Pacific Peace Network calls for cancellation of RIMPAC wargames in Hawai’i

Cancel RIMPAC 2020
August 16, 2020

The Pacific Peace Network (PPN) has called for the cancellation of the Rimpac ‘war game’ exercises in Hawai’ian waters scheduled to start this week.

The PPN is a coalition of peace organisations from around the Pacific Ocean including Australia, Aotearoa New Zealand, Hawai’i, Guam/Guahan and the Philippines which was set up after a conference in Darwin last year.

Rimpac is the world’s largest maritime exercise, run by the US Navy and has been attended by up to 26 countries biennially since 1971.

This year Mexico, the United Kingdom, the Netherlands, Chile and Israel have pulled out due to concerns about Covid, and the event has been downsized and delayed in the wake of the global pandemic, which is particularly dangerous for those in navy ships, and has already been reported as affecting thousands of sailors.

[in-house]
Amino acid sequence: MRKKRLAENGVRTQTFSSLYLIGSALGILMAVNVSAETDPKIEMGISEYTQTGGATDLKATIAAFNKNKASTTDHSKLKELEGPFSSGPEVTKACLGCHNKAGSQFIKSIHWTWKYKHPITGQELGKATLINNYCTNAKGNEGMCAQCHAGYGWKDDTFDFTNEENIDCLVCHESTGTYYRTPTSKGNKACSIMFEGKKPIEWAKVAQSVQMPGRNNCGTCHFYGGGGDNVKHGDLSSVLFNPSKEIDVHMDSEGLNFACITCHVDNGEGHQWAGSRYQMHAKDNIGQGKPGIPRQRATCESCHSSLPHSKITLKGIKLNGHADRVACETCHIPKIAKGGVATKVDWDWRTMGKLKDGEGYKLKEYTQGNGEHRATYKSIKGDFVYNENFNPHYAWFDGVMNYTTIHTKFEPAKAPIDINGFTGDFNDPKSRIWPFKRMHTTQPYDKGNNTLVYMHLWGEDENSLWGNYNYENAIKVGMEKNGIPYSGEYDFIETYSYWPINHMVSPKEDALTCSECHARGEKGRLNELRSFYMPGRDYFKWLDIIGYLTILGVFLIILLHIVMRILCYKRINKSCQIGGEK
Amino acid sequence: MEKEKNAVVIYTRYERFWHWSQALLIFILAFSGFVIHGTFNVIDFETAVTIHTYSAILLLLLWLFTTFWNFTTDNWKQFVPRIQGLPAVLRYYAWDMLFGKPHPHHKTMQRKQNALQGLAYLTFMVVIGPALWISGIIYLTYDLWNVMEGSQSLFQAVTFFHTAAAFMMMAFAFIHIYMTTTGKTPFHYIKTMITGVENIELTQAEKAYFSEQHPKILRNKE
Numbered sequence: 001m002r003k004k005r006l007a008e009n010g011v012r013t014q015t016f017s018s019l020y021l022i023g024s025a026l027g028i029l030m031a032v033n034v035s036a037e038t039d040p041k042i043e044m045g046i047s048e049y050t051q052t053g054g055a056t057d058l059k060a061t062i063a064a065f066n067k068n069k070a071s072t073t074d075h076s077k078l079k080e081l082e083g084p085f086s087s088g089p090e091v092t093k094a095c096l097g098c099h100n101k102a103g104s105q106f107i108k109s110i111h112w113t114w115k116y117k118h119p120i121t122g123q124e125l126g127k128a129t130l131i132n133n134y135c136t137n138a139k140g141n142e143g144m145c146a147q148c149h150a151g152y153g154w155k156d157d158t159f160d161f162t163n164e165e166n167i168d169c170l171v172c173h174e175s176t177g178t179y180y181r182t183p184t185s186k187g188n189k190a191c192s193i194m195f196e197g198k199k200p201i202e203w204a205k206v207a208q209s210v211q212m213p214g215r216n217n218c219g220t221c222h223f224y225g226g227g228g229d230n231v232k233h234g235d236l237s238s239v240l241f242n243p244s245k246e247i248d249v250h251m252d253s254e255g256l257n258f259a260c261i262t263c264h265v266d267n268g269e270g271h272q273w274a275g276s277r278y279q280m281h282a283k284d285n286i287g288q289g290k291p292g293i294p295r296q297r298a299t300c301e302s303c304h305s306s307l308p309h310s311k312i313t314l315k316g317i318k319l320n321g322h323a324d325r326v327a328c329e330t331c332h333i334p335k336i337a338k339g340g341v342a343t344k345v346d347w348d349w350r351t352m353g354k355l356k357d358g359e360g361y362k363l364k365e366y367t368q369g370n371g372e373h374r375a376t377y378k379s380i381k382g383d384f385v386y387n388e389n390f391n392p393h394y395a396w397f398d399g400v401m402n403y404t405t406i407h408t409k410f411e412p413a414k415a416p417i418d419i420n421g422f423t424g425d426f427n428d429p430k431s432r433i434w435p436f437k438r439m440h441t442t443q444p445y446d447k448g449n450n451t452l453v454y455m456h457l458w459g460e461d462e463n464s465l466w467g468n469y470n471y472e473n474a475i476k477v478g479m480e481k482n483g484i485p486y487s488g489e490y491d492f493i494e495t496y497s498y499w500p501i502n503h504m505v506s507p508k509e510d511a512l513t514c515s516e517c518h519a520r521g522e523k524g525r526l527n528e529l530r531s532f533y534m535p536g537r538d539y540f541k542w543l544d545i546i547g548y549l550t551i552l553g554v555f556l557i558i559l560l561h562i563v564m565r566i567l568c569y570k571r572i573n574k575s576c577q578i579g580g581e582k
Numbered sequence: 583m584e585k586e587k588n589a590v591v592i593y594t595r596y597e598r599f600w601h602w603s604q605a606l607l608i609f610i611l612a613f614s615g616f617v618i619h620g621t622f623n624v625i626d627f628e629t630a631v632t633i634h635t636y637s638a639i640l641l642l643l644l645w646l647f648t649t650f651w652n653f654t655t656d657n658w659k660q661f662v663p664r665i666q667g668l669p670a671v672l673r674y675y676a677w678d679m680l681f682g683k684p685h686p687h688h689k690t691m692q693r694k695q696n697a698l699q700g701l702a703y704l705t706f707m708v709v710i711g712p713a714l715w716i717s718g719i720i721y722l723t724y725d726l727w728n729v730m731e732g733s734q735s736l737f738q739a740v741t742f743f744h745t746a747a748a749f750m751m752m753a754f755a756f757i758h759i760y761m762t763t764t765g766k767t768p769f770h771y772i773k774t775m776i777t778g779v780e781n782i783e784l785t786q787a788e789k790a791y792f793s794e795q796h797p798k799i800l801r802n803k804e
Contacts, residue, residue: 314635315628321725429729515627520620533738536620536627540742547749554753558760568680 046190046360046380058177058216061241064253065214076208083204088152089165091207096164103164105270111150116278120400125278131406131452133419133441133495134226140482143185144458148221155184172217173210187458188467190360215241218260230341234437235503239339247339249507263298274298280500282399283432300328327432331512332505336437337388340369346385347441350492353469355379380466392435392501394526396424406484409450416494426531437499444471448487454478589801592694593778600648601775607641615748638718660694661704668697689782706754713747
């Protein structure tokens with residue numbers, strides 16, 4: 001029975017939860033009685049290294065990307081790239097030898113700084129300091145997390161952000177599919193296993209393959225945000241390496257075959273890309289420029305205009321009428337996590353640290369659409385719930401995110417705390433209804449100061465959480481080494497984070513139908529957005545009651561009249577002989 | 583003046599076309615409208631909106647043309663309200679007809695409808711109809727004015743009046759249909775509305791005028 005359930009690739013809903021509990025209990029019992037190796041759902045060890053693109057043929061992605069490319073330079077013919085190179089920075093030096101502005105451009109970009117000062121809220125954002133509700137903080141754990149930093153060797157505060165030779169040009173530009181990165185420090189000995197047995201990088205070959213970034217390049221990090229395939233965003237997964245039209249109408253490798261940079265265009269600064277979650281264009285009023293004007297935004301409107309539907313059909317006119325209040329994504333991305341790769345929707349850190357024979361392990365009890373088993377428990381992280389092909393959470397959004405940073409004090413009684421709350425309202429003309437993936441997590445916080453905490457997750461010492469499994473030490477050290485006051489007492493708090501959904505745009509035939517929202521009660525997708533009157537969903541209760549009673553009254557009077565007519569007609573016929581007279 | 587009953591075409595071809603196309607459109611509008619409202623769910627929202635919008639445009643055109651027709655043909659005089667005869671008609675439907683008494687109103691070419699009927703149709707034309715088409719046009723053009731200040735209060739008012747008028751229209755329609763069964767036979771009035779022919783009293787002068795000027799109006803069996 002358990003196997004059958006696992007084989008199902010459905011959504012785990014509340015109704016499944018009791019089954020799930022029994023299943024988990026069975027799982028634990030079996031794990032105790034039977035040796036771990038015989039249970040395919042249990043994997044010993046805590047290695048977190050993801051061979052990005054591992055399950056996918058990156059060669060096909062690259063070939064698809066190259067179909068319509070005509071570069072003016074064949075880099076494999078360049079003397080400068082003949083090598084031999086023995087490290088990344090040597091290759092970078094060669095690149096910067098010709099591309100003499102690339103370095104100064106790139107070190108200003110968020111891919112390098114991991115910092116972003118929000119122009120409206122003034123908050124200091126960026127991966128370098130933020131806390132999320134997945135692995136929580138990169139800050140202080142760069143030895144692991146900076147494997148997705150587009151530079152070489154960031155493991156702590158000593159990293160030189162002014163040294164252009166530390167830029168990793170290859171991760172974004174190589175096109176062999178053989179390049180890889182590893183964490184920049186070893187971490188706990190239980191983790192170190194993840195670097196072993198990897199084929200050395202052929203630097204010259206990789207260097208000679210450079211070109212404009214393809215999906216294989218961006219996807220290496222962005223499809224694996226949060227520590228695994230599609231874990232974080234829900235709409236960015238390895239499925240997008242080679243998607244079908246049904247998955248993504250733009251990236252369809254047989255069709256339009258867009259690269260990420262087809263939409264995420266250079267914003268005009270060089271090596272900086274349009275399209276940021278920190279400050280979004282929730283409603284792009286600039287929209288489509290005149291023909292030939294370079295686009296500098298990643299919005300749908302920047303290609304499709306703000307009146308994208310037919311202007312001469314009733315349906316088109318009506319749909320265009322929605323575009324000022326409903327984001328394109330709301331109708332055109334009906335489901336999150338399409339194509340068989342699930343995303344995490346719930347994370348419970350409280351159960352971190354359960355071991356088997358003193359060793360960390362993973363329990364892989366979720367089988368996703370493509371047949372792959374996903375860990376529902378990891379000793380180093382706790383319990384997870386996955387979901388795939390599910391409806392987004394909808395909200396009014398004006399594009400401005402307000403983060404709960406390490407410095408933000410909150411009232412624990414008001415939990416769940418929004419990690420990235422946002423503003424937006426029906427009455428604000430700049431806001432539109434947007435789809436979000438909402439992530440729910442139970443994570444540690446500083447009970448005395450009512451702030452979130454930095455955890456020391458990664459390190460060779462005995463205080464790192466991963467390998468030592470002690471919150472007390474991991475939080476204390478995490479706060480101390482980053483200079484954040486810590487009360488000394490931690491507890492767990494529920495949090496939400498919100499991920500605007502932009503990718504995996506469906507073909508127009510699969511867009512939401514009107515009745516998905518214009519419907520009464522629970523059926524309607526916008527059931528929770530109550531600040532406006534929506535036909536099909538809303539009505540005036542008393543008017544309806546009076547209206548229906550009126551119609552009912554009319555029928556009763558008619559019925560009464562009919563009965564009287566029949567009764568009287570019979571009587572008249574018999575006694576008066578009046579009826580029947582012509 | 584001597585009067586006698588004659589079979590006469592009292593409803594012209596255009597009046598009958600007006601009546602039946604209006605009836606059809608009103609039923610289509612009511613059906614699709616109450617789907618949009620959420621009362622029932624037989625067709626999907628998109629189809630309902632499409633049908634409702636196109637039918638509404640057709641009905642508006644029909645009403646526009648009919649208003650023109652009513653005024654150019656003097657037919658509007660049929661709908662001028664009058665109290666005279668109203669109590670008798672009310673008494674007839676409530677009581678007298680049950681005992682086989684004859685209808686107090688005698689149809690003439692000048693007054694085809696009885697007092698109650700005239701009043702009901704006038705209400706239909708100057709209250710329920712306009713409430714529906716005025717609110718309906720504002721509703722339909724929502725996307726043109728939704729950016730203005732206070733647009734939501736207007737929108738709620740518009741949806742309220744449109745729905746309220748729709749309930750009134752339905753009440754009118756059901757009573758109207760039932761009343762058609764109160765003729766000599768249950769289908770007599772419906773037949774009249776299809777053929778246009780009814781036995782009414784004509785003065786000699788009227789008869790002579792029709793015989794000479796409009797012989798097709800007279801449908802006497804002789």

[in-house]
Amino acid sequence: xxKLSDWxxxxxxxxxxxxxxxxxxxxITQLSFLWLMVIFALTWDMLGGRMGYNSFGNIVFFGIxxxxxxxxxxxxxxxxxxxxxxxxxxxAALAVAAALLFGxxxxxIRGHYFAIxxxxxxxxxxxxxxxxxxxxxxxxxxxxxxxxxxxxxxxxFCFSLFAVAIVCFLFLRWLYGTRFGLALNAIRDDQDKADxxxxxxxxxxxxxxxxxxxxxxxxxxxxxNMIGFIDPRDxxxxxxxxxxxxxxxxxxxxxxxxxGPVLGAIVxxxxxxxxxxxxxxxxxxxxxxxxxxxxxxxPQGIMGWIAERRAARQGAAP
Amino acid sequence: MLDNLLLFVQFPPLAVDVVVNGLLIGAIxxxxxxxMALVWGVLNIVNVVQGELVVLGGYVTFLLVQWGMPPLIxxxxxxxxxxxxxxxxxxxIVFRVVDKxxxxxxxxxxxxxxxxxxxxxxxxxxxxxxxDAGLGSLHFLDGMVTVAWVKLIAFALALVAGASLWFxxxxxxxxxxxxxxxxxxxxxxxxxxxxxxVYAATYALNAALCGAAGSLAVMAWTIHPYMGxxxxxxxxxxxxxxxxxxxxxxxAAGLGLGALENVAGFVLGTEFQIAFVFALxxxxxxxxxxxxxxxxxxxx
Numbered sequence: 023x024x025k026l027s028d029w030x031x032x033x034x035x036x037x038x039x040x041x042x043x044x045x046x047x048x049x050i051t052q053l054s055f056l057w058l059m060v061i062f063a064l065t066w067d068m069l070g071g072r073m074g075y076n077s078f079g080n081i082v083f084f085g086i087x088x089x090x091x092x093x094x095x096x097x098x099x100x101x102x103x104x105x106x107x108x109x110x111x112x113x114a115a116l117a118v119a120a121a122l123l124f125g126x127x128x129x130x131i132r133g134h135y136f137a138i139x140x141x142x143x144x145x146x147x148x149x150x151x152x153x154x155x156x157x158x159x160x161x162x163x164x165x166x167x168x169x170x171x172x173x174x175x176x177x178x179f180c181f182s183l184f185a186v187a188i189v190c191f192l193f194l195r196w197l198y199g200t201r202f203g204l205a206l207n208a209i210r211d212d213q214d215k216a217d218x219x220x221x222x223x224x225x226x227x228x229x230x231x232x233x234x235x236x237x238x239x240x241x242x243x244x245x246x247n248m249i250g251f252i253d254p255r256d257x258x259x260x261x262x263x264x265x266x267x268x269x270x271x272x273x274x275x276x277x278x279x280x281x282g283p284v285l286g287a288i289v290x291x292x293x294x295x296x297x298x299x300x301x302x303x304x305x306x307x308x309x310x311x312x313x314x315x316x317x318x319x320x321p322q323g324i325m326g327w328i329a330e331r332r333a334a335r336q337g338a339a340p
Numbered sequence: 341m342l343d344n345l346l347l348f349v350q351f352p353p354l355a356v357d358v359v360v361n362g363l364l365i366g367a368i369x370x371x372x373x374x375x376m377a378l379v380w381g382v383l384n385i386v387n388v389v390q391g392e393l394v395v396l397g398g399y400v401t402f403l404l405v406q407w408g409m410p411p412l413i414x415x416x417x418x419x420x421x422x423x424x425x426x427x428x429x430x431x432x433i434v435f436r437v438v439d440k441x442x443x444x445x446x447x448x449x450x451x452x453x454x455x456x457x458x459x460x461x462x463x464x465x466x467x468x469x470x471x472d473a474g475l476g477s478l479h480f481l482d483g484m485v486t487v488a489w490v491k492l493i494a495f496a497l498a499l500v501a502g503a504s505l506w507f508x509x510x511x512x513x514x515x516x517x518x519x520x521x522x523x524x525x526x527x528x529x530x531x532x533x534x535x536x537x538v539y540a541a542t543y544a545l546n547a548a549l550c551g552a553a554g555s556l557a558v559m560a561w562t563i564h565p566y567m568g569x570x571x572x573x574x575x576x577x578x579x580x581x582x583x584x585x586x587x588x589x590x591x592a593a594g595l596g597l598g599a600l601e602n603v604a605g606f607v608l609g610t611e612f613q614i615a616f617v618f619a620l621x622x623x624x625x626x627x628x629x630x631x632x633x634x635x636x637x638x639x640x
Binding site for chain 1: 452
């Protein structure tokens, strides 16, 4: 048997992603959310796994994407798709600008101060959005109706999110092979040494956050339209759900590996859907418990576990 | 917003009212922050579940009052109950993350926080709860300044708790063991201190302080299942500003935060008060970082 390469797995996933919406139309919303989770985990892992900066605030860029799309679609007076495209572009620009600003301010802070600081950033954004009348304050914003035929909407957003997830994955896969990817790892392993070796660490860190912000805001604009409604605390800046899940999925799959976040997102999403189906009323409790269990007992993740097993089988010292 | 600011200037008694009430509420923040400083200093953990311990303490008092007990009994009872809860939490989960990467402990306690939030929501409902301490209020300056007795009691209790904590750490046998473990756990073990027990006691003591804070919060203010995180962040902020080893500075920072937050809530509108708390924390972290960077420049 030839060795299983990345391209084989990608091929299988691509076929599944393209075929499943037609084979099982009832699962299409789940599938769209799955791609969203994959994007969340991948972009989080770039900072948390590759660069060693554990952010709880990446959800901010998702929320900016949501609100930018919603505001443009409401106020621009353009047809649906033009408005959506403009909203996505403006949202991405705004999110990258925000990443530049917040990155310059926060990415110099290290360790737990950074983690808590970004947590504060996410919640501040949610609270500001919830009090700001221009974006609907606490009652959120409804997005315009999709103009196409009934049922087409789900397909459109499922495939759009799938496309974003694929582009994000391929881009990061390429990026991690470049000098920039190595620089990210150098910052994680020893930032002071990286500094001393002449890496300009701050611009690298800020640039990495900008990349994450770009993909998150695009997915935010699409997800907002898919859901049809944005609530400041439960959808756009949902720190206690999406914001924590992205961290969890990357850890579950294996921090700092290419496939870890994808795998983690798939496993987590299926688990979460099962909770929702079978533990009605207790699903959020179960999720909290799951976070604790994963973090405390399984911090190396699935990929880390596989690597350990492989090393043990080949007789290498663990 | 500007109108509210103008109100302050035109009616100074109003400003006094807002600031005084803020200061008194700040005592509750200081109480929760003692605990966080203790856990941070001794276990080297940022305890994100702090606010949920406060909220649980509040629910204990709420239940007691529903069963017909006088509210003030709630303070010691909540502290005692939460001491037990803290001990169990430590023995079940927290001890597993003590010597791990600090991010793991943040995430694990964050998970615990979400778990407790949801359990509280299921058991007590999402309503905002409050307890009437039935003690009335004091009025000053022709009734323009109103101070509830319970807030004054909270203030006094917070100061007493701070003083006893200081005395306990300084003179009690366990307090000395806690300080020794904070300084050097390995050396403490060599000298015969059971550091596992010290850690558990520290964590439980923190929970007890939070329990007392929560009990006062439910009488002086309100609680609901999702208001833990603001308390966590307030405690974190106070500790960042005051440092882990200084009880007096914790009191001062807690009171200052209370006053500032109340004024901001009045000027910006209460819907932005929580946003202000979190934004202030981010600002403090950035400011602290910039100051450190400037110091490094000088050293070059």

The Guardian newspaper reported last week that Hawaii’s case numbers soared from less than 1,000 in early July to nearly 4,000 in the first half of August, with the US revealing that military personnel and their families were making up 7% of the infections.

Meanwhile world leaders such as United Nations Secretary General Antonio Guterres and Pope Francis have also been calling for the de-escalation of military build up during Covid.

PPN convenor Liz Remmerswaal from World BEYOND War Aotearoa New Zealand echoes these concerns and says that rather than practising bombing ships and other at-sea live fire training events, RIMPAC parties could redirect their activities to help Pacific nations recover from cyclones, pandemics, ocean inundation and climate change.

While Rimpac is being framed with the intention of protecting vital shipping routes and guaranteeing freedom of navigation through international waters, Mrs Remmerswaal says an emphasis on diplomatic protections, maritime treaties and international laws would be more conducive to true peace and freedom.

“We need to rethink our views on security away from outdated and expensive military investment towards civilian alliances that better meet the needs of all people in our area,” she says.

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